The Fall of Troy: Book summary and reviews of The Fall of Troy by Peter Ackroyd

The Fall of Troy

A Novel

By Peter Ackroyd

The Fall of Troy
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  • Published in USA  Nov 2007,
    224 pages.

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Book Summary

Heinrich Obermann, a celebrated German archaeologist, has uncovered the ancient ruins of Troy on a Turkish hillside. He fervently believes that his discovery will prove that the heroes of the Iliad, a work he has cherished all his life, actually existed. Sophia, Obermann’s young Greek wife, works at the site carefully preserving the ancient treasures she uncovers. But Sophia soon comes to see another side of her husband. He is mysteriously vague about his past and the wife he claims died years before. When she finds a cache of artefacts Obermann has hidden away, her suspicions about him rise, feelings that escalate when a visiting archaeologist who questions Obermann’s methods dies from a mysterious fever. The arrival of a second, equally skeptical archaeologist brings Sophia’s doubts to a head—and spurs Obermann to make even greater claims about the evidence he has found and the profound importance of his achievements.

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Reviews

Media Reviews

"[A] book's worth of calculation is undone at the end when Ackroyd raises hallowed dust, but clouds the issues at hand." - PW.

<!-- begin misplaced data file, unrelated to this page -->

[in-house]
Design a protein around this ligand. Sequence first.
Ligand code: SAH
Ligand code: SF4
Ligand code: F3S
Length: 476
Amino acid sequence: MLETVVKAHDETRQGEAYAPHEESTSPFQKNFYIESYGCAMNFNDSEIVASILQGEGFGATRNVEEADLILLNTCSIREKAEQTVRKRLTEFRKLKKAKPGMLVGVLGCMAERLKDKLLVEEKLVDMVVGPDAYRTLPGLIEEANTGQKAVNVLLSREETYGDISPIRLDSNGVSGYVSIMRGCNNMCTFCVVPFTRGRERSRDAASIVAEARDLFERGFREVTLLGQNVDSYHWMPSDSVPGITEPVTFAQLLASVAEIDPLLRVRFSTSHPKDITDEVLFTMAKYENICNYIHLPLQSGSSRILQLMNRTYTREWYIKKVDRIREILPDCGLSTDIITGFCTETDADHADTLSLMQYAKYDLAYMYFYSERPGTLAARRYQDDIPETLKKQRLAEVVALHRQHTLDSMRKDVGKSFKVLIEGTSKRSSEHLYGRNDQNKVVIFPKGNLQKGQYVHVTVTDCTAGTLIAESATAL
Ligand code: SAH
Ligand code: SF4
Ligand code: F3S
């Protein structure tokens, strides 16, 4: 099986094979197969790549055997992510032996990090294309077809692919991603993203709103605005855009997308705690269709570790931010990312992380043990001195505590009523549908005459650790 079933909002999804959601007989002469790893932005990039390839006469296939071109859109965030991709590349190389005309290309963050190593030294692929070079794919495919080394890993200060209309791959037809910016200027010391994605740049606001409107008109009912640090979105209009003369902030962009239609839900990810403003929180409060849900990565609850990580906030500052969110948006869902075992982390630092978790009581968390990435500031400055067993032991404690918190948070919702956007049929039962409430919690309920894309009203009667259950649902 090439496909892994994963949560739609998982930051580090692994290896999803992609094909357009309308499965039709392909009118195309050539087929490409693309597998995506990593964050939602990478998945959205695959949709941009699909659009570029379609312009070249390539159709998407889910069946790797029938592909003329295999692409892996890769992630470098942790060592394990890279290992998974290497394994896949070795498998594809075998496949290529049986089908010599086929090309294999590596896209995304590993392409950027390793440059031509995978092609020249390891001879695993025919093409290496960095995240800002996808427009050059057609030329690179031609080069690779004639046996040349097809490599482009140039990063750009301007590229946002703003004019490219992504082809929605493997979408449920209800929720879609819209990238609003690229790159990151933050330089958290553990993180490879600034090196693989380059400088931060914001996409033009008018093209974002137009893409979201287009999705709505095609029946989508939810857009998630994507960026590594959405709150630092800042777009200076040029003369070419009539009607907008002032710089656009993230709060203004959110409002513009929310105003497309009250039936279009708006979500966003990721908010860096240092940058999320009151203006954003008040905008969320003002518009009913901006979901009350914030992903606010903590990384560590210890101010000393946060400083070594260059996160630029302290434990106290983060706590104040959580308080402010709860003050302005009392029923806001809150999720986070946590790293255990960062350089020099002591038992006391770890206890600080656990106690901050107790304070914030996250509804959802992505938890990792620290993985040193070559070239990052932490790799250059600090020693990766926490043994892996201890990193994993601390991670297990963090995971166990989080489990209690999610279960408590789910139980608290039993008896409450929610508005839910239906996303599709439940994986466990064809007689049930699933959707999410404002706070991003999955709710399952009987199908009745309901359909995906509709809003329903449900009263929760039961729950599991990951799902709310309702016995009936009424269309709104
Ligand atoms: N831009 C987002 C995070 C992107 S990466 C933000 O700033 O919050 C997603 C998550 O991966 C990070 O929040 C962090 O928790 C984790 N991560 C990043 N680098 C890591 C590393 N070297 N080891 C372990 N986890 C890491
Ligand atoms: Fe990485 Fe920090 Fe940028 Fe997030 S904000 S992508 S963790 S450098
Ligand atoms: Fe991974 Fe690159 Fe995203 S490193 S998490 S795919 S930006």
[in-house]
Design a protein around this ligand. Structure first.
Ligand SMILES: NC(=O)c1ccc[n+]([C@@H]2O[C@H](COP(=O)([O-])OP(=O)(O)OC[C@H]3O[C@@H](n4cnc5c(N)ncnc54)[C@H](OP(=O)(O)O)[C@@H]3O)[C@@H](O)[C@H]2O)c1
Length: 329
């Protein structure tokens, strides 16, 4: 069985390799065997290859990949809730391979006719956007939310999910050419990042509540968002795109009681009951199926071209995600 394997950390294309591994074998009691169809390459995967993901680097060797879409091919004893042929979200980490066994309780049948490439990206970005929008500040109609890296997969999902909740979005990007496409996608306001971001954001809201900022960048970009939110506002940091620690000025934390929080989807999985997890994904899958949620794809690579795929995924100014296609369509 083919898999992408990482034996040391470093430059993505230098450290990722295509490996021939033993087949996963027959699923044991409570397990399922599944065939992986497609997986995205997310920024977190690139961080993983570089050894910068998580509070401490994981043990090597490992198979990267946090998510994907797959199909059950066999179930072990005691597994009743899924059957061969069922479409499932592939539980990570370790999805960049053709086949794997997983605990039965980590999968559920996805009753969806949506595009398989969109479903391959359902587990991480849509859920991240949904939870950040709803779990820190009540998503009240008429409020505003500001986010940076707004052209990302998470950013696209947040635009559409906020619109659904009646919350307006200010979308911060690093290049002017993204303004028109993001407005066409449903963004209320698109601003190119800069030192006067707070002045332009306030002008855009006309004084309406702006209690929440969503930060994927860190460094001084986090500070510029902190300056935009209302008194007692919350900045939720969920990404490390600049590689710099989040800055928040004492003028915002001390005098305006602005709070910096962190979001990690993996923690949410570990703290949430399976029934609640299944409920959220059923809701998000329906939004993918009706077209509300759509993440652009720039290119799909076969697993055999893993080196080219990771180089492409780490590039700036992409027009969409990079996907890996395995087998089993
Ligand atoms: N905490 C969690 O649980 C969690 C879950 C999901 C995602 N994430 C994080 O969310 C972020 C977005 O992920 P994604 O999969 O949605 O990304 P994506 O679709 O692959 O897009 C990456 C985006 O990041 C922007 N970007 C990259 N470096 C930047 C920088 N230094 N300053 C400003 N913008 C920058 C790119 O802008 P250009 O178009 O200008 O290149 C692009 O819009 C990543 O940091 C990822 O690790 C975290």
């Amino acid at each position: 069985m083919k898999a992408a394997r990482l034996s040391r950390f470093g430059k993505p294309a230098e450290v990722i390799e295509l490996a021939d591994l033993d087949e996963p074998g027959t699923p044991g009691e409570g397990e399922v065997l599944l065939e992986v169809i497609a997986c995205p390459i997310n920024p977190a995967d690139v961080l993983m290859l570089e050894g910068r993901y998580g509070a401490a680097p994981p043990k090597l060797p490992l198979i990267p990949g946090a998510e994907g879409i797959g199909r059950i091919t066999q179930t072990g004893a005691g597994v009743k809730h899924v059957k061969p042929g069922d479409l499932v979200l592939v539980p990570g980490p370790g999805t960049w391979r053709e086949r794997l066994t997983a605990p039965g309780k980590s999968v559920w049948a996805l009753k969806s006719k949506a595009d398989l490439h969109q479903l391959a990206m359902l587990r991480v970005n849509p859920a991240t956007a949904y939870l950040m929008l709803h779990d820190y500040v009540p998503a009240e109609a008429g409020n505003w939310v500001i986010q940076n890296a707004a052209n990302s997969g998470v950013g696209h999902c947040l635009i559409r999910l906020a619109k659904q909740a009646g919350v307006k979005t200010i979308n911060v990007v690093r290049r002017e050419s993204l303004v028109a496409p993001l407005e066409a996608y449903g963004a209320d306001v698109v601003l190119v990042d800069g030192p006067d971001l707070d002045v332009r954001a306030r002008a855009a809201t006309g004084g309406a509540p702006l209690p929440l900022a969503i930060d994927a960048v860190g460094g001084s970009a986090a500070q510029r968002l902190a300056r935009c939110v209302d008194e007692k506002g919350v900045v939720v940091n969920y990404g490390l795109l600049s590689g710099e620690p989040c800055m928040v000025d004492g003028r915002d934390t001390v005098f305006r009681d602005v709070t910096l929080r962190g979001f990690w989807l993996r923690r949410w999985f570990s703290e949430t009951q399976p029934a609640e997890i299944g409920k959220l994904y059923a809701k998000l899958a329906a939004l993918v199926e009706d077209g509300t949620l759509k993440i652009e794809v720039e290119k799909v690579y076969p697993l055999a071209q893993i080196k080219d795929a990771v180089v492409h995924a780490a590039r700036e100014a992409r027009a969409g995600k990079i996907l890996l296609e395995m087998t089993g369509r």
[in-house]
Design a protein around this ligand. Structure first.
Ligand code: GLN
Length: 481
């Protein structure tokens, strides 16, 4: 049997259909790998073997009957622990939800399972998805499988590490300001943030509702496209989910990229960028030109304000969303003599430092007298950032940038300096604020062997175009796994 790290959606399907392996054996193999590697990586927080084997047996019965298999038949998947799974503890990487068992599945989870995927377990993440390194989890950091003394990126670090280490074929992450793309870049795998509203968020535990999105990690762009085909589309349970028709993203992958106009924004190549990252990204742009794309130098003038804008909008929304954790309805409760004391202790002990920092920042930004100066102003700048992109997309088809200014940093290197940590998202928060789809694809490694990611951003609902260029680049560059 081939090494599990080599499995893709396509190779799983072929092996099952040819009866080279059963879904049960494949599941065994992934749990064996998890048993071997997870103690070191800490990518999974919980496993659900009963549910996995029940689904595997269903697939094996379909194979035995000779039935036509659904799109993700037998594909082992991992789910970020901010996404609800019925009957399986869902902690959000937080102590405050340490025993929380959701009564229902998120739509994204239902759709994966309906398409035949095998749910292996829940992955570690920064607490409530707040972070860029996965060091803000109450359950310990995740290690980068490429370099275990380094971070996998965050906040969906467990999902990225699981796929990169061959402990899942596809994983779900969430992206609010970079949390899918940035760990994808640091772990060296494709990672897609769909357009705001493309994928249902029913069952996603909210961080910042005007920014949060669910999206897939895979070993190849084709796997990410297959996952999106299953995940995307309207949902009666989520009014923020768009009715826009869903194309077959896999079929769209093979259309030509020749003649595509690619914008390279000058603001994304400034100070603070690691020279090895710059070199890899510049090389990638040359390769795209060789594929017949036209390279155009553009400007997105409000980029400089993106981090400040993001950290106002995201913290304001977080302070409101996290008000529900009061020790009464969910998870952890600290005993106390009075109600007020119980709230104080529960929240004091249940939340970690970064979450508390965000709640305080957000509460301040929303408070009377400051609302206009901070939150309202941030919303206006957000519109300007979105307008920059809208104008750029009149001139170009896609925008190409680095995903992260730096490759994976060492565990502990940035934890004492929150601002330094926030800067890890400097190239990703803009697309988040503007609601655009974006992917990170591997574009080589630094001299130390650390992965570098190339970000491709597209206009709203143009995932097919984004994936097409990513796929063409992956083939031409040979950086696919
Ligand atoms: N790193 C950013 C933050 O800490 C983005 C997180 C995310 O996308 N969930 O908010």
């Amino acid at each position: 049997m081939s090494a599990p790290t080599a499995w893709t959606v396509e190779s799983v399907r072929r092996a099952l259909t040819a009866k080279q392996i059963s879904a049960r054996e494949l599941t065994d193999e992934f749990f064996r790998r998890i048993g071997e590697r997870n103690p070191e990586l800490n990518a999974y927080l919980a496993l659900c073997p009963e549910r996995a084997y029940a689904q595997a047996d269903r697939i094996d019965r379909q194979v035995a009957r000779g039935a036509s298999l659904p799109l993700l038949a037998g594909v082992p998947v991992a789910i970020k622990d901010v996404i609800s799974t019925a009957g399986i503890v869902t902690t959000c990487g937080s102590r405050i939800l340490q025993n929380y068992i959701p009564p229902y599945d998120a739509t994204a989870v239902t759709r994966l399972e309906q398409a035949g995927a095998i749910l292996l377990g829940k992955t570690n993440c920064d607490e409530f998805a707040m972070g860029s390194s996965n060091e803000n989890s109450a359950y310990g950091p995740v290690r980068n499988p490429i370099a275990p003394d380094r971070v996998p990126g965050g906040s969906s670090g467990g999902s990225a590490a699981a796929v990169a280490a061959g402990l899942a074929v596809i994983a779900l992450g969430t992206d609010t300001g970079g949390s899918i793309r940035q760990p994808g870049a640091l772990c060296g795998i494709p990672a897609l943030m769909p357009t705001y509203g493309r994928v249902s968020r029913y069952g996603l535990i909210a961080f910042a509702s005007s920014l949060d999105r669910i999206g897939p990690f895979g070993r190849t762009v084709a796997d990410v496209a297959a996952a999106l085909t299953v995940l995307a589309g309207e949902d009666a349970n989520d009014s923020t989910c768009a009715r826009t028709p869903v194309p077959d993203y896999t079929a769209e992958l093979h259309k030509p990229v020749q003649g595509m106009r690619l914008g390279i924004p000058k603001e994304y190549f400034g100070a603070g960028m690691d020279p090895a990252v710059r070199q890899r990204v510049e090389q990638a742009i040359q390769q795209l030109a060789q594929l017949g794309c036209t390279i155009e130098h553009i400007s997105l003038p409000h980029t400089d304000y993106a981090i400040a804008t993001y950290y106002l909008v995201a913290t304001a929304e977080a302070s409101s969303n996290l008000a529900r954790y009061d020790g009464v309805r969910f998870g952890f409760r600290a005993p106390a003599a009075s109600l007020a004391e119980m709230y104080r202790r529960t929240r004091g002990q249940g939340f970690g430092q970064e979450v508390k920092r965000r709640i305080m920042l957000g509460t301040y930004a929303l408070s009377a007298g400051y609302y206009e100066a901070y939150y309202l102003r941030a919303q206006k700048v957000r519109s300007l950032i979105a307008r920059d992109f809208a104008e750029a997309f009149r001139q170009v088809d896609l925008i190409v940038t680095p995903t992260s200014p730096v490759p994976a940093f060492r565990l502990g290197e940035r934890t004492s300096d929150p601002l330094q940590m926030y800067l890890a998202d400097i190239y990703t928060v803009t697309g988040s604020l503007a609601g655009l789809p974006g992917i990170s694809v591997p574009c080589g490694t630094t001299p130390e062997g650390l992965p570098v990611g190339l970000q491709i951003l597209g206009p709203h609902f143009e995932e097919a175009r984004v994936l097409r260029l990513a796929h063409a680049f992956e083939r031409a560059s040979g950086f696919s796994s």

"This is Ackroyd’s most exuberant novel for years…" - Daily Mail (UK).

"Provoking, unsettling, ingenious—and a delight to read." - The Guardian (UK).

"Written in clipped, precise, instantly recognizable prose, The Fall of Troy is a novel about opposites—of truth and deception, fact and fiction, history and romance, love and loyalty.…But however you read The Fall of Troy—as a love story and mystery told in Homeric style, or as a deeper meditation on the relationship between reality and imagination—Ackroyd the novelist re-emerges triumphantly from the mud of his excavations." - The Times (UK).

"[T]he novel pushes too many envelopes too far, concluding in a very nearly ludicrous farrago of shocking revelations, narrow escapes and what even Obermann's critics might identify as divine judgment." - Kirkus Reviews.

The information about The Fall of Troy shown above was first featured in "The BookBrowse Review" - BookBrowse's online-magazine that keeps our members abreast of notable and high-profile books publishing in the coming weeks. In most cases, the reviews are necessarily limited to those that were available to us ahead of publication. If you are the publisher or author of this book and feel that the reviews shown do not properly reflect the range of media opinion now available, please send us a message with the mainstream media reviews that you would like to see added.

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Author Information

Peter Ackroyd Author Biography

Photo © Charles Hopkinson

Novelist, biographer, and poet Peter Ackroyd was born in London on October 5, 1949.

He graduated from Clare College, Cambridge, and studied at Yale University as a Mellon Fellow, where he completed Notes for a New Culture: An Essay on Modernism, published in 1976. On his return from Yale, he worked for The Spectator magazine in London as literary editor (1973-7), then as joint managing editor (1978-82) and film critic. He is chief book reviewer for The Times newspaper and a regular broadcaster on radio. He has been a Fellow of the Royal Society of Literature since 1984.

Equally acclaimed for both his inventive biographies and his formally diverse fiction, Ackroyd blends past and present, fact and fiction in his writing.

He also displays a genius for literary impersonation, both in his ...

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